Rather silver is how we survive until freegold, the most important parts of which are survival and gold and in that order.

Anonymous said...

LOL @spaul

Why yes I do have around 8 mo. worth of food stored as well as firearms, a tent, first aid supplies, etc. etc.

And no, silver is NO DEFENSE for your gold during the transition, ya joker. Around that time is when I expect we'll break through my target of 10000:1 GSR. If I wanted something which might serve to defend the precious during the transition, I would get EUROS. And in fact, I am thinking of doing just that.

M said...

@ PoopyJim

For what its worth, I just got back from ScotiaBank Millwoods here in Edmonton. They hold bullion at that location because of the big Indian population. They had nothing in stock. They were cleaned out yesterday. I only go to that branch because they are faster. So I asked what the main Edmonton branch had in stock. They said nothing. The branch manager who happened to be Indian himself heard the conversation so he walked over. I asked why I cant just buy now and pick up the gold in a couple weeks when it gets here like I have one other time.He said as of now, Toronto has nothing so they won't even take orders. Toronto will have nothing for 2 days and then Edmonton will receive their inventory 2 days after that. He said ScotiaMaccota might have some but their markups are higher.

So I had to cancel my bank draft and that was that..

In my opinion though, everything will muddle along until something happens in the bond bubbles.

Anonymous said...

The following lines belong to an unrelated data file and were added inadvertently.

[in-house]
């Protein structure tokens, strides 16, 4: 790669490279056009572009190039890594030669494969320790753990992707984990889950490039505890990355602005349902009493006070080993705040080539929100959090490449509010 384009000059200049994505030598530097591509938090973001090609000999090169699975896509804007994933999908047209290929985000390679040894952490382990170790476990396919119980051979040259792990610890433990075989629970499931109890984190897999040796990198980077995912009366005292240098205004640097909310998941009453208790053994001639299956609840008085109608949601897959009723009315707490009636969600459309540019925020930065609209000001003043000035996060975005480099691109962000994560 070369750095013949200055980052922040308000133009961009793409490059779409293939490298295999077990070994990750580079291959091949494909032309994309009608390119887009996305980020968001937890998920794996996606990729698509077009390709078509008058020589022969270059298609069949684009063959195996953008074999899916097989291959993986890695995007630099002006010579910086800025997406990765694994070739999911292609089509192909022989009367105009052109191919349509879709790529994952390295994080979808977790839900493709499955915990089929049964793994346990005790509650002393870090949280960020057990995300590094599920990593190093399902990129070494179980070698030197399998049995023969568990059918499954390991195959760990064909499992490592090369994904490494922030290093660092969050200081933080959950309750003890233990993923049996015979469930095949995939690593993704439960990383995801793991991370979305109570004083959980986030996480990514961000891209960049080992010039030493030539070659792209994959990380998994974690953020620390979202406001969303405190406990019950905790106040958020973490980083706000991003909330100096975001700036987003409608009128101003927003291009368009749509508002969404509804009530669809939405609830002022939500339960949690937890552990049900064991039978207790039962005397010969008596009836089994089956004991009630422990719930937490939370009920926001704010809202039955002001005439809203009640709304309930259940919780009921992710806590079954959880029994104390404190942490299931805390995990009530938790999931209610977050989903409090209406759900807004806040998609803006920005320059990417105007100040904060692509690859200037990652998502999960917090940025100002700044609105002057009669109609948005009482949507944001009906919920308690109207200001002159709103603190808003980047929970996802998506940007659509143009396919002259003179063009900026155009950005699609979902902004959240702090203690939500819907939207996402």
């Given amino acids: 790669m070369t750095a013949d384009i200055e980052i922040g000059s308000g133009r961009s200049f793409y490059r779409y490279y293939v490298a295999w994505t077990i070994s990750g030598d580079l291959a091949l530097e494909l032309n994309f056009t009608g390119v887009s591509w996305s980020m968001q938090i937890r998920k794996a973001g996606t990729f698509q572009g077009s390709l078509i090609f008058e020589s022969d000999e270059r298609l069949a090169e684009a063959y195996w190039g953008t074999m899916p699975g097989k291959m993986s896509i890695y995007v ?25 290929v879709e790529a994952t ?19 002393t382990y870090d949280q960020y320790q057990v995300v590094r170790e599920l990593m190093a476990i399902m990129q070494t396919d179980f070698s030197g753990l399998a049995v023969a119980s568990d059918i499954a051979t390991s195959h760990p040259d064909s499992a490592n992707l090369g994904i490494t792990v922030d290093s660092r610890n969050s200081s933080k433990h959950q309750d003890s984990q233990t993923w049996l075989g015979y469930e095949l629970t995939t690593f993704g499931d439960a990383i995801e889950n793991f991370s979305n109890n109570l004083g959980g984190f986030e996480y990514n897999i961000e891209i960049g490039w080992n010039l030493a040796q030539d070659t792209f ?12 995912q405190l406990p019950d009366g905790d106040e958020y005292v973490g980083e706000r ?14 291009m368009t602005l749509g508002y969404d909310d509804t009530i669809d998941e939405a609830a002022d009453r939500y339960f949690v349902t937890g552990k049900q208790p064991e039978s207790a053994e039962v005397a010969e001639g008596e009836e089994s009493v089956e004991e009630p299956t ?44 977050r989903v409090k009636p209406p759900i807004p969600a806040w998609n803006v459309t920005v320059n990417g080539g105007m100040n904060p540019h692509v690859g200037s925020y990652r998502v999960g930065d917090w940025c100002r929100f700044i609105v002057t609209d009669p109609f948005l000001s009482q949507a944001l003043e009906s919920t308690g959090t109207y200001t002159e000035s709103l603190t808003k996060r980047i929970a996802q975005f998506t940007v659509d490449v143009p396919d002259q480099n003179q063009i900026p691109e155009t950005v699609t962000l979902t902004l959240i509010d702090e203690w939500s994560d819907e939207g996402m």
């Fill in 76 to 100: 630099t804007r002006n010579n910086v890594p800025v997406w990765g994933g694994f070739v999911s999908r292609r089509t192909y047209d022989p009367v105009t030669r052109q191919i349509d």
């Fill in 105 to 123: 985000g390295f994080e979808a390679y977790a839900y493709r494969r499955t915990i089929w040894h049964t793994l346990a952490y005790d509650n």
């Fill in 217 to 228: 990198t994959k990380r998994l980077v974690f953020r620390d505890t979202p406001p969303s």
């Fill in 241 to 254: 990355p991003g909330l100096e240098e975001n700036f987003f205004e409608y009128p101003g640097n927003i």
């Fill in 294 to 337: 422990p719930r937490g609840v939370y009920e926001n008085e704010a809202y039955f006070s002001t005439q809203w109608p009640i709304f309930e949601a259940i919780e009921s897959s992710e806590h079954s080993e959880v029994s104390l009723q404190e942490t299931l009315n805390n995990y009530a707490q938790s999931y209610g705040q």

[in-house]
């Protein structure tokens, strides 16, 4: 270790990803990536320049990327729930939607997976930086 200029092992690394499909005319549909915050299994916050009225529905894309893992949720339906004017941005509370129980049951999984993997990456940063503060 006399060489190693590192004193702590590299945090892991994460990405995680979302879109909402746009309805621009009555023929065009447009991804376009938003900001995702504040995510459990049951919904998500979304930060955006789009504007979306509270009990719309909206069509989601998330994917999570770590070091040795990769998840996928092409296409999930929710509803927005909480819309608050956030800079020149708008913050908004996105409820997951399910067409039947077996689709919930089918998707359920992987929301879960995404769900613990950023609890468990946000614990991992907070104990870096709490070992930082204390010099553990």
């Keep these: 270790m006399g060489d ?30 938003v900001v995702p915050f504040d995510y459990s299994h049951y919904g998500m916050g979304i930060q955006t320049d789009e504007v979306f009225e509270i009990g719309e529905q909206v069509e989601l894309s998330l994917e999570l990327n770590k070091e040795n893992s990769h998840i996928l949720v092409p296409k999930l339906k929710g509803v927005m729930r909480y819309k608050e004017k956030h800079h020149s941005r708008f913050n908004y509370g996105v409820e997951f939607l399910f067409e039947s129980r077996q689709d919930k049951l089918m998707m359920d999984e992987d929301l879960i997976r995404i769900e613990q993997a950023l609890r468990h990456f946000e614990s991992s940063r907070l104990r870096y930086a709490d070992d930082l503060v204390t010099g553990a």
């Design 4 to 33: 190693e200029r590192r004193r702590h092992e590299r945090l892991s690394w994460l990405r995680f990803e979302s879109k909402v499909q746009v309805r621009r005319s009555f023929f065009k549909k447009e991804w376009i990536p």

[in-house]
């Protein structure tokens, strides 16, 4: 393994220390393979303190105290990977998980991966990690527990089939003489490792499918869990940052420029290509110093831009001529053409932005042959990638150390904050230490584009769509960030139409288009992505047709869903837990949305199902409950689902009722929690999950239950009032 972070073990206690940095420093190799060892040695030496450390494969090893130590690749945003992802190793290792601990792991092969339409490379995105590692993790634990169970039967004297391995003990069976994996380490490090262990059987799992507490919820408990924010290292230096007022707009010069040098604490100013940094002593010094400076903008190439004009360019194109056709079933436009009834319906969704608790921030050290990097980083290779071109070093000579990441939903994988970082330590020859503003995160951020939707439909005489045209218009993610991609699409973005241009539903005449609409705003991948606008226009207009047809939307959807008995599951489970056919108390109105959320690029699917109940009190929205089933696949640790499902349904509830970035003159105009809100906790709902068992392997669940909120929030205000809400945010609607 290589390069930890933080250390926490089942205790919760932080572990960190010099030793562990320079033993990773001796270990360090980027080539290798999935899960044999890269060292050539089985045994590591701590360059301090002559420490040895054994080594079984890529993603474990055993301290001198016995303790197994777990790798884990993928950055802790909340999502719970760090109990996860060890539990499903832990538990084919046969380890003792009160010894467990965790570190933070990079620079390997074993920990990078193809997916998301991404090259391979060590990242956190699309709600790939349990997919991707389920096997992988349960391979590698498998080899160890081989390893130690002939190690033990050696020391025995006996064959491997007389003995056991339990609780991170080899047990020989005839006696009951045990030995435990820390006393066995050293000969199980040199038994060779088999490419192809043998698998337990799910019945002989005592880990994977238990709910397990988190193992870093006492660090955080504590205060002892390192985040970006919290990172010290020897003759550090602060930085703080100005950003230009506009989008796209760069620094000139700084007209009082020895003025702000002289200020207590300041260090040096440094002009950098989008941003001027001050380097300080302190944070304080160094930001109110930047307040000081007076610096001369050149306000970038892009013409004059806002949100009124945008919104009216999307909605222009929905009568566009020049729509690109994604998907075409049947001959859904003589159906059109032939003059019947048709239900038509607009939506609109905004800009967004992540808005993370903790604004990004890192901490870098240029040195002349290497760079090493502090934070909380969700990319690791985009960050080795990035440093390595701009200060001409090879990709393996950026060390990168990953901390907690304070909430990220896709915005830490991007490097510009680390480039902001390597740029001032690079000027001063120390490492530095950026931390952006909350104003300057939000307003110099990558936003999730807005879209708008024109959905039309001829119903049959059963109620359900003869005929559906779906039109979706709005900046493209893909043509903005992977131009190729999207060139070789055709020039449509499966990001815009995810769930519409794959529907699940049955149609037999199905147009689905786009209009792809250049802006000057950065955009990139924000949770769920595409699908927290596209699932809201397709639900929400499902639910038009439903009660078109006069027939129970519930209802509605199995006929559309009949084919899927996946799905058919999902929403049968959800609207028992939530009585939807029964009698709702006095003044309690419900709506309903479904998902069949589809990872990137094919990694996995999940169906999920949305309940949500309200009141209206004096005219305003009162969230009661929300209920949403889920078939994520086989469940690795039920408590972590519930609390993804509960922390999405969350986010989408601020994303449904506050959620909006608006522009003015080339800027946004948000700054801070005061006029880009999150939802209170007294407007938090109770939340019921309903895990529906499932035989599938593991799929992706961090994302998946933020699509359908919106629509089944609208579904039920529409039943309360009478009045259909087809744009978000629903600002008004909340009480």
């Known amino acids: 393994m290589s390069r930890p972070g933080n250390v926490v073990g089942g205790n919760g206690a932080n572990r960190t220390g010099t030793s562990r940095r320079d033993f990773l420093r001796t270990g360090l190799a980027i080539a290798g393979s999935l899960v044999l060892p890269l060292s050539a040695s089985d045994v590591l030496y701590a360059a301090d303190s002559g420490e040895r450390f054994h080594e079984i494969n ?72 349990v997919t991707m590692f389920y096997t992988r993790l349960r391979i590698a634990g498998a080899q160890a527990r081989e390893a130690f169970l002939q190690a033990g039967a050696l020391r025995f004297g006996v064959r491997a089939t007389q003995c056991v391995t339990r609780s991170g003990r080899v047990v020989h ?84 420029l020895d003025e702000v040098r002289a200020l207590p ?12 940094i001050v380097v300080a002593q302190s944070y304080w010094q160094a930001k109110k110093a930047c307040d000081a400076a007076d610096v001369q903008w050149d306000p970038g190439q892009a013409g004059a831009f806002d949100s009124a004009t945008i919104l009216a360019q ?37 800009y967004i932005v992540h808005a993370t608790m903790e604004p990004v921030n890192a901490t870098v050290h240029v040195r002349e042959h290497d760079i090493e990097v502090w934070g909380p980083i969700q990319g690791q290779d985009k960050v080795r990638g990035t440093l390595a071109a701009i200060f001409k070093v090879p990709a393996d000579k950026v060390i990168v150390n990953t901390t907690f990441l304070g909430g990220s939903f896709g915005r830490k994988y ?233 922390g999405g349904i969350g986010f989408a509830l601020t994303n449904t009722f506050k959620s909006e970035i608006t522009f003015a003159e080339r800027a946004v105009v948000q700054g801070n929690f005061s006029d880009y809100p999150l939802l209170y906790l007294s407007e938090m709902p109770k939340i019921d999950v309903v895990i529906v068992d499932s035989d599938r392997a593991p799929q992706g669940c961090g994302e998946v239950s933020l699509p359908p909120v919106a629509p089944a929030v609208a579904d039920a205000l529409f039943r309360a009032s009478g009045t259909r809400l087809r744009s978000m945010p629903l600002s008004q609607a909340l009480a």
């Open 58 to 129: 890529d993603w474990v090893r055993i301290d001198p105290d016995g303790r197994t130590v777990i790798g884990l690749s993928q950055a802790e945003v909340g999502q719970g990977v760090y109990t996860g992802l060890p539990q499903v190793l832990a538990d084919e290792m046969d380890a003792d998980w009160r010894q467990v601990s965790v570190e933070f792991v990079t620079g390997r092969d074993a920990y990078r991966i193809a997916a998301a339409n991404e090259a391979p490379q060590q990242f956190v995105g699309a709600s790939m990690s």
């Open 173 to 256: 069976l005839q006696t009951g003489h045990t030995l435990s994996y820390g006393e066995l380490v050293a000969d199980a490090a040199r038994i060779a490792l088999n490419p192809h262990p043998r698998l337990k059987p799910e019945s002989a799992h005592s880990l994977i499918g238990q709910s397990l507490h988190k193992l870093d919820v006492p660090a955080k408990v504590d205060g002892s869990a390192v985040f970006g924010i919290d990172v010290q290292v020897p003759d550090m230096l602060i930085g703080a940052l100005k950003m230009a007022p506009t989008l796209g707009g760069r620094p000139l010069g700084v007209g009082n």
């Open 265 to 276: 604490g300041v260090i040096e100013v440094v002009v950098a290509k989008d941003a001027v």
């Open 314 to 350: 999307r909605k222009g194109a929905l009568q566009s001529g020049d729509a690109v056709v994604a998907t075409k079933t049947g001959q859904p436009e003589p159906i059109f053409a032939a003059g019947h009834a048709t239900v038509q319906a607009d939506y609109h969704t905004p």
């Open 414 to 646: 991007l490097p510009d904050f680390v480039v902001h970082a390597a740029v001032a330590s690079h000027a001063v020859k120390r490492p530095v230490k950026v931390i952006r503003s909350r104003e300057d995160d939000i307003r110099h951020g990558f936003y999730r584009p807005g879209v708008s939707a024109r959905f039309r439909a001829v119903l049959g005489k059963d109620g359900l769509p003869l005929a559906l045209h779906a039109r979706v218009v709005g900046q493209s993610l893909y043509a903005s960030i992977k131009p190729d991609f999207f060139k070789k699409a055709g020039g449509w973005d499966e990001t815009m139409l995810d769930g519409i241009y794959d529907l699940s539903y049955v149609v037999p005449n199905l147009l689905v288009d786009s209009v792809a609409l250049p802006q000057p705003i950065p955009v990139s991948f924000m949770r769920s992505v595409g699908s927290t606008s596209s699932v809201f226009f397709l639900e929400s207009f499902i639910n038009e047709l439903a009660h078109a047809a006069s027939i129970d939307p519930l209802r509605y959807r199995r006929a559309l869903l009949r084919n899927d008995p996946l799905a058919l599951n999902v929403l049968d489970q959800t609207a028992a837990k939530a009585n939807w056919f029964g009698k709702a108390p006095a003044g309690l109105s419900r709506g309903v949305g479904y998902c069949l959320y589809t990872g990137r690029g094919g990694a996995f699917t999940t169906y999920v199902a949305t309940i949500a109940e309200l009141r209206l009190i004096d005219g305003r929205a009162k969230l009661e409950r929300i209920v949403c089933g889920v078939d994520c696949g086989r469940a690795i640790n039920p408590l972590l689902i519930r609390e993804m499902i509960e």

Dante_Eu said...
“I don't know why but, we have pointed out many, many times the fact that the price of gold is arbitrary. And yet, I don't know why, people have hard time to grasp that. They go completely crazy”

Actually, I agree with you after all pieces of cotton/paper/ink have purchasing power values of a million times or more, depending on the numbers printed on them, above their manufacturing cost right now.

Even crazier still are promise to deliver these same notes many years in the future with a purchasing power TBD. Still not crazy enough? The supply of all the above can be increased at anytime based on the prerogative of parasites. Now that is what I call crazy.

So as crazy a concept as Freegold is it’s not nearly as crazy as what we have now.

My basic problem with Freegold isn’t the 100x factor. If gold is the primary means by which trade accounts are settled and trade flow is enabled/balanced then gold's incremental manufacturing cost is irrelevant just like it is with paper now at a 1,000,000x factor. It’s is merely a means to a greater end.

What is more troubling is how Freegold disrupts the ponzi schemes used by all nations of the Earth to fleece their local net producers. That in my mind is the bigger issue. A SoV outside the realm of the state to steal? ……….now that is some really wild and wacky stuff right there. Silly kids.

Nickelsaver said...

Look at the arguments the silverbugs use - historically money, historically narrower GSR, dwindling supply due to industrial demand.

Now look at what silverbugs would like to happen, for the silver price to skyrocket so that they can cash out at a huge profit.

Now let's enter the transition. Both paper silver and gold price crash. The dollar enters its hyperinflation feedback circuit. Gold has gone into hiding and silver comes out of hiding? Ok. Out of hiding into what? If you say as an SoV, that is counter to gresham's law, making it bad money. If it is as MoE, then you have to convince all those that are not holding it that it has value such that they will be willing to part with real goods and services in exchange. But these are the same ppl who want to measure value in dollars. So guess what, they will believe its value is little BECAUSE it isn't in hiding.

The best senario for silver is that it goes into hiding too. And then it is treated as a valuable barter item.

But if you're going to hold a barter item. Best to hold gold in small weights. And hold it right next to your gun.

I say this having come full circle in my thinking. For I used to believe that silver could and would be used as money during the transition. But I know now that, in the absence of a functioning and stable national currency, we will devolve back into barter. And if we go there, I want to be holding items that ppl will want, not items that other ppl have.